/ 11 August 2011

Will Intel’s Ultrabook take on the iPad?

Top chipmaker Intel said computer makers Lenovo, Asustek and Acer will launch its new category of notebook computer in the third to fourth quarter, and expects to see their prices below $999 in the fourth quarter.

Intel Capital, Intel’s global investment arm, will create a $300-million fund to invest in companies building hardware and software technologies for the new category of PCs known as Ultrabook.

“We are working very hard to bring the Ultrabook into the main stream … the prices will come down over time,” Erik Reid, Intel’s PC Client Group General Manager of Mobile Platforms Division, told a press conference in Taipei on Thursday.

Ultrabooks — launched by Intel in late May — will be lightweight but still pack high-performance processors. Intel sees them accounting for 40% of laptop sales to consumers by the end of next year.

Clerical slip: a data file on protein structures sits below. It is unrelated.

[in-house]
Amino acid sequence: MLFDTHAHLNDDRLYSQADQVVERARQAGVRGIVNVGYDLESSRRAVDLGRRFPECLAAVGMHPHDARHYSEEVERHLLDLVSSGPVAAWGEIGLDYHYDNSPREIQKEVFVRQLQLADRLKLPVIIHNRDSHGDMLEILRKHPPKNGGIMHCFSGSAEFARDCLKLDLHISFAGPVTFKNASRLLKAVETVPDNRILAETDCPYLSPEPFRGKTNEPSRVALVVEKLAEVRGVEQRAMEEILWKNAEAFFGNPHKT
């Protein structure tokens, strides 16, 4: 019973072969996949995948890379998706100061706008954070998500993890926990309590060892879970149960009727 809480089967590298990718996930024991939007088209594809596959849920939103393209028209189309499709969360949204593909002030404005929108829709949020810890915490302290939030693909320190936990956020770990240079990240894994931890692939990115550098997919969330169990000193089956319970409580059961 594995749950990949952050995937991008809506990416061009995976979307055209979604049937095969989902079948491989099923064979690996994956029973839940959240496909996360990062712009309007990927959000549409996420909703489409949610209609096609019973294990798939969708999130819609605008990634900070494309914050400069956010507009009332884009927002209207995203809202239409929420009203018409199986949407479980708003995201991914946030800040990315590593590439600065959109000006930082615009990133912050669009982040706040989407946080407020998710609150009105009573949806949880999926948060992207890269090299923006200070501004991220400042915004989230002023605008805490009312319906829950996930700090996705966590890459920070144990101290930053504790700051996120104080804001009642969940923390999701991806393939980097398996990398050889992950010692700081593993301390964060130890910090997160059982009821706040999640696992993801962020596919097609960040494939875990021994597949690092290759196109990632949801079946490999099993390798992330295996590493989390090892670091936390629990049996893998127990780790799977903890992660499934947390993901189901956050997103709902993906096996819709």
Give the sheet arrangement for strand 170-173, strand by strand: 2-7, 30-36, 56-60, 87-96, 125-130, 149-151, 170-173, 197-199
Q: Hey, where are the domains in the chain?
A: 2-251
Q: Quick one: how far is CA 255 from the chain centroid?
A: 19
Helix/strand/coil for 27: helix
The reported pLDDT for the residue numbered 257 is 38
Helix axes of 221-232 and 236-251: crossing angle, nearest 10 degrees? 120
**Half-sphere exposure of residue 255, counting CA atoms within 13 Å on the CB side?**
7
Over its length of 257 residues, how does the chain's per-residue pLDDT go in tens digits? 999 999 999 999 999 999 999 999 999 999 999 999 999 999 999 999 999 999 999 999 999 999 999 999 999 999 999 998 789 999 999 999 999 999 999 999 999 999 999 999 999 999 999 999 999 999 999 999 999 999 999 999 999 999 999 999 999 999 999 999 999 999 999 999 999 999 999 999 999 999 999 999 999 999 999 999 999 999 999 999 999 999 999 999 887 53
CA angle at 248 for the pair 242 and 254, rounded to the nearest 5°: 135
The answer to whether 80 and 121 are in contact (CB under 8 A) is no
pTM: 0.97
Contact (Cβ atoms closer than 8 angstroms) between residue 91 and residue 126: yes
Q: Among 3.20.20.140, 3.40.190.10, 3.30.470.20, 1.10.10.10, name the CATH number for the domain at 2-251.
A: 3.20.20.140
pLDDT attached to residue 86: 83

Reid said Ultrabooks will also focus on the enterprise market and Intel is working with partners such as Dell and HP to launch the notebooks. However, the transition usually first happens in the consumer market, Reid said.

Strong sales not expected
Santa Clara, California-based Intel is eager to make laptops more attractive to consumers who are increasingly captivated by Apple’s iPad and other mobile gadgets.

Speaking on the new PE fund, Intel Capital managing director David Flanagan told reporters that the investment will be made over the next three to four years in companies that help deliver slim components and platform technologies, longer battery life and new user experience.

He did not specify how much the fund plans to invest in Asia, but said Asia has a big potential for investment, given the large number of manufacturers in the region.

Besides the latest Ultrabook fund, Intel Capital has a number of dedicated funds in specific technology areas. Past technology-specific funds have included the Intel Digital Home Fund and Intel Communications Fund.

Last month Intel — which dominates the PC microchip industry but is struggling in a fast-expanding mobile market — warned that PC sales will not be as strong as it had expected this year and it expected PC unit growth at around 8% to 10% this year. — Reuters